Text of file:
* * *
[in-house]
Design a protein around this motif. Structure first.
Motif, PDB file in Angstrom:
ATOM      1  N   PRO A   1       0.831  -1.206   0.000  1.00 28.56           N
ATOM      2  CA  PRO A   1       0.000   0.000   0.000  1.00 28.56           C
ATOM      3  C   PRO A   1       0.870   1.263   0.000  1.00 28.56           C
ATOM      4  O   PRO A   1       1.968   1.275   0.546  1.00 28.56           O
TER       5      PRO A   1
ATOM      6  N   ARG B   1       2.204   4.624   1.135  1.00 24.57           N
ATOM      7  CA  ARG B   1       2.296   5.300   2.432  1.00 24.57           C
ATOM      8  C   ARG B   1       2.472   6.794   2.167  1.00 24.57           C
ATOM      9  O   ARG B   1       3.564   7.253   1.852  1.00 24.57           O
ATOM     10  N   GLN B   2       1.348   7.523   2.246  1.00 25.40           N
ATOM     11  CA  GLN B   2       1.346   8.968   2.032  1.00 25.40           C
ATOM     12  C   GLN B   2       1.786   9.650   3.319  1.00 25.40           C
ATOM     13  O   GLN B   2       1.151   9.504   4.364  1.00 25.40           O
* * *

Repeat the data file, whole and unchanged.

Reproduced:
[in-house]
Design a protein around this motif. Structure first.
Motif, PDB file in Angstrom:
ATOM      1  N   PRO A   1       0.831  -1.206   0.000  1.00 28.56           N
ATOM      2  CA  PRO A   1       0.000   0.000   0.000  1.00 28.56           C
ATOM      3  C   PRO A   1       0.870   1.263   0.000  1.00 28.56           C
ATOM      4  O   PRO A   1       1.968   1.275   0.546  1.00 28.56           O
TER       5      PRO A   1
ATOM      6  N   ARG B   1       2.204   4.624   1.135  1.00 24.57           N
ATOM      7  CA  ARG B   1       2.296   5.300   2.432  1.00 24.57           C
ATOM      8  C   ARG B   1       2.472   6.794   2.167  1.00 24.57           C
ATOM      9  O   ARG B   1       3.564   7.253   1.852  1.00 24.57           O
ATOM     10  N   GLN B   2       1.348   7.523   2.246  1.00 25.40           N
ATOM     11  CA  GLN B   2       1.346   8.968   2.032  1.00 25.40           C
ATOM     12  C   GLN B   2       1.786   9.650   3.319  1.00 25.40           C
ATOM     13  O   GLN B   2       1.151   9.504   4.364  1.00 25.40           O